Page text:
Shined Shoes Can Save Your Life
A few weeks ago, in a post about J. D. Vance’s book, “Hillbilly Elegy,” I mentioned in passing that I was convinced that having spit-shined my Army combat boots may have saved my life. I didn’t elaborate, and since then several dozen people have inquired about that brief aside. So here’s the story.
To understand what happened, we have to revisit my checkered career as a military policeman in the US Army in the early 1970s. And we have to understand something about the military prison system of the time (bear with me…)
In the 1950s and 1960s, the worst prisons in America weren’t in Louisiana or Mississippi, they were in the US Army. The Army prisons—or stockades, as they are called—shared all the problems of civilian prisons, including violent and often emotionally challenged guests, overcrowding, drug use, racial animosity, and so on. But the military added on another stressor: brutal, untrained prison guards who were often not much better than the prisoners they were guarding.
In the Army, if you had really, really screwed up, but not quite bad enough to go to jail, you were made a prison guard. How was that likely to work out?
In the lull between the end of the Korean War and when Vietnam began to heat up, the Army was able to ignore the increasingly dire conditions at its stockades. But once Vietnam got hot it was only a matter of time before the lid blew off.
That lid blew in 1968 when a mutiny occurred at The Presidio Stockade in San Francisco and a deadly riot broke out at the stockade in Long Bình, Vietnam. In the Presidio event, 14 soldiers were charged with mutiny and, under military law, could have been executed. (In fact, they ended up with relatively light sentences.)
Long Bình was much worse. The “Long Bình Jail,” or LBJ, named for our beloved President, was the worst of the military prisons (maybe tied with the nearby Marine brig). Located roughly 15 miles from Saigon in Biên Hòa Province, the Long Bình Post was at the time the largest military base in the world, home to some 50,000 US troops. Matters were already tense at Long Bình following a major attack on the base during the Tet Offensive in January of 1968 and the assassination of Martin Luther King that April.
The riot at Long Bình broke out on the night of August 29, 1968, and when it finally ended after a weeklong stalemate, one man was dead and 115 prisoners and guards had been injured. 129 courts martial were imposed for crimes ranging from murder to mutiny to aggravated assault. Despite all this, the riot generated little publicity and it appeared that the Army could sweep its correctional problems under the rug.
Astonishingly, the Army didn’t do that. Even more improbably, the Army did something very smart. It surveyed prison systems all across America and around the western world and noted the most promising approaches to all the main issues: overcrowding, racial tensions, drugs, etc. Then it asked the best corrections experts in the world to design a curriculum to train soldiers to become prison guards (or “correctional specialists,” to use the Army lingo). Truly, if I hadn’t been part of it, I wouldn’t have believed it.
And the Army didn’t just assign the usual bozos to attend the Correctional Specialist Academy at Fort Gordon, Georgia. First, it insisted that all prospective attendees be trained as combat infantrymen (just in case, I suppose). Next, it insisted that every attendee be a trained military policeman and to have graduated in the top quarter of his class at Military Police School.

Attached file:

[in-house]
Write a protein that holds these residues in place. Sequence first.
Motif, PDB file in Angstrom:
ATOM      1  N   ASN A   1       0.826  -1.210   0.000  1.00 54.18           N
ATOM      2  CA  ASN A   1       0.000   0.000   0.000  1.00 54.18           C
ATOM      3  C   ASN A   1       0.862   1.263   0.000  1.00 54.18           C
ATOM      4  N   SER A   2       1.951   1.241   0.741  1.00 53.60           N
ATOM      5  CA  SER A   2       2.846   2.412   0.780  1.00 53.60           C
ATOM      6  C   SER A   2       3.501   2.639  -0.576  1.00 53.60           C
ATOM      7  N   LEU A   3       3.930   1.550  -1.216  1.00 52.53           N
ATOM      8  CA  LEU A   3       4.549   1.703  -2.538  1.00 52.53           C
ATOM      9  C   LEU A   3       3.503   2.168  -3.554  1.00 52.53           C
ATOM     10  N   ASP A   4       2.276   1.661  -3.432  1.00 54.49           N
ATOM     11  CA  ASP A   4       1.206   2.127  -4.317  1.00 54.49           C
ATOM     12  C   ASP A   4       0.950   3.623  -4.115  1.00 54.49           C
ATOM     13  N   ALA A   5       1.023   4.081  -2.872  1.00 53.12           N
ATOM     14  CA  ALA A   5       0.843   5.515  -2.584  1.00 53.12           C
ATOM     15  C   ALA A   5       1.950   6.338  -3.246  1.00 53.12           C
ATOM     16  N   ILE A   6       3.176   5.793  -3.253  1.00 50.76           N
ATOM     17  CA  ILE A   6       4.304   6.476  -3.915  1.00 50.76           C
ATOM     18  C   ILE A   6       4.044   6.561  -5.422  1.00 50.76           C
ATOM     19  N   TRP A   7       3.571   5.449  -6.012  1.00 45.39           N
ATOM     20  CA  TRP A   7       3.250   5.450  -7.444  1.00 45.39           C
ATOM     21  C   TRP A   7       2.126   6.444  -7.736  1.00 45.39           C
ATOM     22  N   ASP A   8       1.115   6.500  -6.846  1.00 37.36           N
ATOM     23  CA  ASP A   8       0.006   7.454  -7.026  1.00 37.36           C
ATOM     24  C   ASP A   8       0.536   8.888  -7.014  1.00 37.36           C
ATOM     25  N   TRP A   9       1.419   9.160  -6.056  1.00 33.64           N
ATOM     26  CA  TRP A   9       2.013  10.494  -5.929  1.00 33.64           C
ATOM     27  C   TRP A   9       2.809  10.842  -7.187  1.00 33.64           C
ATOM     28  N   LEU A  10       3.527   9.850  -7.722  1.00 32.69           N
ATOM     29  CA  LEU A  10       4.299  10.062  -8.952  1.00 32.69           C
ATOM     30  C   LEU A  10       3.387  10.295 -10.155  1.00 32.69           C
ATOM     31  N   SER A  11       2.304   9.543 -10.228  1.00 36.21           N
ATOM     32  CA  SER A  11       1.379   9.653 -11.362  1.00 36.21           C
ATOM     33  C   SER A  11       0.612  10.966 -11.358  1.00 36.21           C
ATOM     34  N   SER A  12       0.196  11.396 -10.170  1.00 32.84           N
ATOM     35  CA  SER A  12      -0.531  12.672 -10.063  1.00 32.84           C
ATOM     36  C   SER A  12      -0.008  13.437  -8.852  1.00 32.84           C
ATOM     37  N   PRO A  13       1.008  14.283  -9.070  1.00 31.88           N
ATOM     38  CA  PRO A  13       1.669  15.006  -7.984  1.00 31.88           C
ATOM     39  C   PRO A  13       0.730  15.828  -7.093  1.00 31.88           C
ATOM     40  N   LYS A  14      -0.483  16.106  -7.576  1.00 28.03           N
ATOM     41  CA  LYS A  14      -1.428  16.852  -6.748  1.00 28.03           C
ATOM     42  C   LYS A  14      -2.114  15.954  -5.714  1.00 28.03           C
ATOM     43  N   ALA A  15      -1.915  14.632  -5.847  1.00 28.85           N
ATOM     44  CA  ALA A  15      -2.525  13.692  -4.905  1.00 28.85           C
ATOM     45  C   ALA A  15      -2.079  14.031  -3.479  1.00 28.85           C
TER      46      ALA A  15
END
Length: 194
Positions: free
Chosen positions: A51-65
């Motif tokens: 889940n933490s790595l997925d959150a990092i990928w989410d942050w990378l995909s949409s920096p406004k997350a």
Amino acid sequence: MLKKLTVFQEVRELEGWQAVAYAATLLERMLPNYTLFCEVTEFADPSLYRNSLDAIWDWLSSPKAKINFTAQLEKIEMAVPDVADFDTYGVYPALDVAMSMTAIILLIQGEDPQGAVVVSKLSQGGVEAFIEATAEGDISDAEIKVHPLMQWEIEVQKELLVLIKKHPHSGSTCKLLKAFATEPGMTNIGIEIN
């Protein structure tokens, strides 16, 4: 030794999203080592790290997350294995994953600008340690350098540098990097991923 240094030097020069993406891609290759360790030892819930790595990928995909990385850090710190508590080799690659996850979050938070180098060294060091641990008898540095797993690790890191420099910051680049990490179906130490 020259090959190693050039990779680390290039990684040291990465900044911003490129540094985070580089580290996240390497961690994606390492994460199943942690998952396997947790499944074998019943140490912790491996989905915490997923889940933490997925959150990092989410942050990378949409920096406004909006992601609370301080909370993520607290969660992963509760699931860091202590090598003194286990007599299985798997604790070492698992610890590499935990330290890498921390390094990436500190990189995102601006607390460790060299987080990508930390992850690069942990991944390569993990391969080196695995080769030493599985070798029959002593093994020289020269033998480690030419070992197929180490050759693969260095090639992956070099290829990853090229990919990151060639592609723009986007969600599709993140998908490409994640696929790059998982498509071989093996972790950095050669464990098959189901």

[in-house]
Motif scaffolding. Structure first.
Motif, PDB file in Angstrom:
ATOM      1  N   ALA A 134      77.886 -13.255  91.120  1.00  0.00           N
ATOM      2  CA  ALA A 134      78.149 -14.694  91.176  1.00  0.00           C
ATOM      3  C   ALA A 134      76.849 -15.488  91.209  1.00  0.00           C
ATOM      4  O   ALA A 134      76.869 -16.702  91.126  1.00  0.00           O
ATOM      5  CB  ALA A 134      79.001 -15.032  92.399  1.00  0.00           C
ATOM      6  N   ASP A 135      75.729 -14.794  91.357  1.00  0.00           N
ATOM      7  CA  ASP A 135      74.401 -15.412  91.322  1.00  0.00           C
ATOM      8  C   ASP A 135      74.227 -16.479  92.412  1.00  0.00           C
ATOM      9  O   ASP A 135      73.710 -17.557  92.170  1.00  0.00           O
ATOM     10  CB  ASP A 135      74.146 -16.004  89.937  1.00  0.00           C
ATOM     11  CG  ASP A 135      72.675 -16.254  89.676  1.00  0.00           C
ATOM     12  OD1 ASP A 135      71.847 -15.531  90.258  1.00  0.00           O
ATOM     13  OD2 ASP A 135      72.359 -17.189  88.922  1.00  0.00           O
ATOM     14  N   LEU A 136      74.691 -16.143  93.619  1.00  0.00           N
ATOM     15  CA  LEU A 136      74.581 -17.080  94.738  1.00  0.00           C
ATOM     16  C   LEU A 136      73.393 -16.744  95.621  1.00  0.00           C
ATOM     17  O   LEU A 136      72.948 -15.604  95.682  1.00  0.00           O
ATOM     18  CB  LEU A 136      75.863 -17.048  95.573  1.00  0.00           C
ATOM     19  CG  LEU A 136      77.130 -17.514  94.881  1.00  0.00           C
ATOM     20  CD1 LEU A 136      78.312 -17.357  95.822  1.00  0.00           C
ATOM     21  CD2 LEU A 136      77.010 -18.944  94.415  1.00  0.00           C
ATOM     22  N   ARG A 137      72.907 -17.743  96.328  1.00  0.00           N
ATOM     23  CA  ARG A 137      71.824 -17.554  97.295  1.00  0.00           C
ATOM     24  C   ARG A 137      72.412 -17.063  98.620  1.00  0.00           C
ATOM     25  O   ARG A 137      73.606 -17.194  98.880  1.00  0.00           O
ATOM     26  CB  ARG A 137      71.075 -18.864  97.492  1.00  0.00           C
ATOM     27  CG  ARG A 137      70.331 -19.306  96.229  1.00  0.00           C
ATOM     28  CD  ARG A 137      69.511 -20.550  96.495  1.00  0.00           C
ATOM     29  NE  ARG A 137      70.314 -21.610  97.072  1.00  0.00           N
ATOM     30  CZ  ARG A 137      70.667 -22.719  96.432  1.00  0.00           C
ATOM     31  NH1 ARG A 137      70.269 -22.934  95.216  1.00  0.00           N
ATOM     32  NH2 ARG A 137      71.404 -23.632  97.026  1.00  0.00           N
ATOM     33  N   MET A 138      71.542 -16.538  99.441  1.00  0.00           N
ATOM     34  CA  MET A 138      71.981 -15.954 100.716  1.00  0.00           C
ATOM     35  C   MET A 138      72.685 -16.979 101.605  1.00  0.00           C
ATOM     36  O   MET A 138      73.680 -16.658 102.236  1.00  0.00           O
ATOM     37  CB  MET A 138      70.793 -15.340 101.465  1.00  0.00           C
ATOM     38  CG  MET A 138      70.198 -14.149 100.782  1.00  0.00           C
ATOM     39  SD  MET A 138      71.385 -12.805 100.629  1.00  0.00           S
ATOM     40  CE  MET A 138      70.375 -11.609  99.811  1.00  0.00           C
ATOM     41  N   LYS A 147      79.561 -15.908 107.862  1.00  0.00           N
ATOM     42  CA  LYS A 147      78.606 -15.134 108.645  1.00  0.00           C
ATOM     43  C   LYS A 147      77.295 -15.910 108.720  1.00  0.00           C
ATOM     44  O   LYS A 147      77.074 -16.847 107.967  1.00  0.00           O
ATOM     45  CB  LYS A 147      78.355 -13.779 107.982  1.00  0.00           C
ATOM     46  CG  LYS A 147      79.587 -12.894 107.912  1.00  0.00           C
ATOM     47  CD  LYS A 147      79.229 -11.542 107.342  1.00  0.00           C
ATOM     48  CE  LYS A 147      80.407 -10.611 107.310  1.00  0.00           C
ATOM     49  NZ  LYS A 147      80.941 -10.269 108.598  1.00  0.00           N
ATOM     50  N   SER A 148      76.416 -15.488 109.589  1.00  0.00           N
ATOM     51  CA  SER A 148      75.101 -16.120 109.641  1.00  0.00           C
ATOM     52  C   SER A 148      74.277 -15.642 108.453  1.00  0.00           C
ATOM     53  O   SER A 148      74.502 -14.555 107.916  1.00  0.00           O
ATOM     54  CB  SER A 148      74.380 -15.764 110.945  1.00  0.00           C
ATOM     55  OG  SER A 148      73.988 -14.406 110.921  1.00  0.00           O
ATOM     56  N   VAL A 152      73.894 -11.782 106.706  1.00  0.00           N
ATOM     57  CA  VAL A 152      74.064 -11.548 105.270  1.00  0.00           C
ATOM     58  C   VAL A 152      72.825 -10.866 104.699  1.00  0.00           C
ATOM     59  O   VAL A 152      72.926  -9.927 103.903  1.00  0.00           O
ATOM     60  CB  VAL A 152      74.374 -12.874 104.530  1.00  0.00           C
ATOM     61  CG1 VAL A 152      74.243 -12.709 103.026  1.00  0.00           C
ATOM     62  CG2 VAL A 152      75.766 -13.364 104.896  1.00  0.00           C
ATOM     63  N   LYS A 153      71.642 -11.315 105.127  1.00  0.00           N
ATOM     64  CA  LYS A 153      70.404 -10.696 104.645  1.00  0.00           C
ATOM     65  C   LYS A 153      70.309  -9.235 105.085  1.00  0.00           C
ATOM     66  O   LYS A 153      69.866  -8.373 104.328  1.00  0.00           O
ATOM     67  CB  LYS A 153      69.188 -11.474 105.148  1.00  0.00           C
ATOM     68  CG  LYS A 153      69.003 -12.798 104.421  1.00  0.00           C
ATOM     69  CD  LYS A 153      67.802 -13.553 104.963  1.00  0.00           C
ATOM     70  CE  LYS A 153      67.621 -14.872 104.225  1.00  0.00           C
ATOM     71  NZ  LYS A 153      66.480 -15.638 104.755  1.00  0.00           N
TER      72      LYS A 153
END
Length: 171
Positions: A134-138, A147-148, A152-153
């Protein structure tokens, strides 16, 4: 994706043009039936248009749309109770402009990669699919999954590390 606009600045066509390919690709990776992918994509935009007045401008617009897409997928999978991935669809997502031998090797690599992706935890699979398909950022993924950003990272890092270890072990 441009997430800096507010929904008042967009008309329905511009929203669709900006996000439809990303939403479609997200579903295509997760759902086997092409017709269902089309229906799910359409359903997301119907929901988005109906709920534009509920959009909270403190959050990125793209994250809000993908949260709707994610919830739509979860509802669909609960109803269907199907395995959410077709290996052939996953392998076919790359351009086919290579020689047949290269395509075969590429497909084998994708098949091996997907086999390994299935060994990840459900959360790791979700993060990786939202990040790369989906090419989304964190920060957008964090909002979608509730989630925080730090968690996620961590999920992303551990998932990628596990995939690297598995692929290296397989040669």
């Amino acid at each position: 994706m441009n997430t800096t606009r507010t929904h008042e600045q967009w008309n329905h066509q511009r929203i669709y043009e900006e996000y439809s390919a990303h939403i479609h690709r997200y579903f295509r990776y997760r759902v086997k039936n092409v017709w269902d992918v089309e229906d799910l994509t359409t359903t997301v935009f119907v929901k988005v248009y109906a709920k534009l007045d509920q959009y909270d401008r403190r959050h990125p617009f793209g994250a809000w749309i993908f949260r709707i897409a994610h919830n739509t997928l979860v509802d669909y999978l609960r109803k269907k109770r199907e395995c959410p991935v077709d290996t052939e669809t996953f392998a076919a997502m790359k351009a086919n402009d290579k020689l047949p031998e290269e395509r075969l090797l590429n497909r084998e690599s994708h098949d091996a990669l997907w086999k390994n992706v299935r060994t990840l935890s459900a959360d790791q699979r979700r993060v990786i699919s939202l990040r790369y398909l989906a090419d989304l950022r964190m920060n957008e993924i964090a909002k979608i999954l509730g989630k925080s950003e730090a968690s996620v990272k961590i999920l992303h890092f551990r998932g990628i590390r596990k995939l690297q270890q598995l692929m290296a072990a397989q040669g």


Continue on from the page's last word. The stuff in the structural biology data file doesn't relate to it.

As if that weren’t enough, you couldn’t just ask to attend the Academy, you had to be invited. Finally, even if you were invited you had to accept – they wanted volunteers.
So I “volunteered.” That is to say, shortly before I graduated from MP School I was summoned to the office of a colonel, who invited me to attend the Academy. “I think, young man, that you would make a fine prison guard!” he said. I’d never been so insulted in my life, and I replied, “You, sir, are full of s!#t.”
Well, no, of course I didn’t say that to a full-bird colonel, that’s only what I was thinking. Instead, I said, “I’m sure I would be a lousy prison guard, sir. I’d be a much better cop.”
“What the Army needs, son,” he continued, “is prison guards and combat infantrymen. Take your pick.” I saluted the fellow and said, “I’ve always wanted to be a prison guard, sir!” That’s how you “volunteer” in the Army.
And so off I went to Correctional Specialist Academy to become a “correctional specialist.” (Today, in case you’re wondering, the Army calls these people “internment/resettlement specialists.”)
To my continuing amazement, the Academy course was exceptionally good—a damn sight less annoying and more useful than anything I’d learned at Harvard Law School. When we completed the course we were the best-trained prison guards in the world. As one of our instructors (a Brit) put it, “If you lined up the tens of thousands of prison guards in the world according to quality, of the best 1,000 at least 996 would be Academy graduates.” I guess there wasn’t that much competition…
When you graduated from the Academy there were only two places you were going to be assigned: The Presidio in San Francisco or Long Bình in Vietnam. I’m guessing you are thinking to yourself, “If this guy was so fantastically unlucky as to have been the only person at Harvard Law School to be drafted in the entire history of the War in Vietnam, I’m guessing he didn’t get sent to San Francisco.”
And you would be right, I didn’t. I was the Joe Btfsplk of the 1960s.
So far the Army had done everything right on the corrections front. But, this being the Army, things were about to get SNAFU’d, as we’ll see next week.
Next up: How Shined Shoes Can Save Your Life, Part II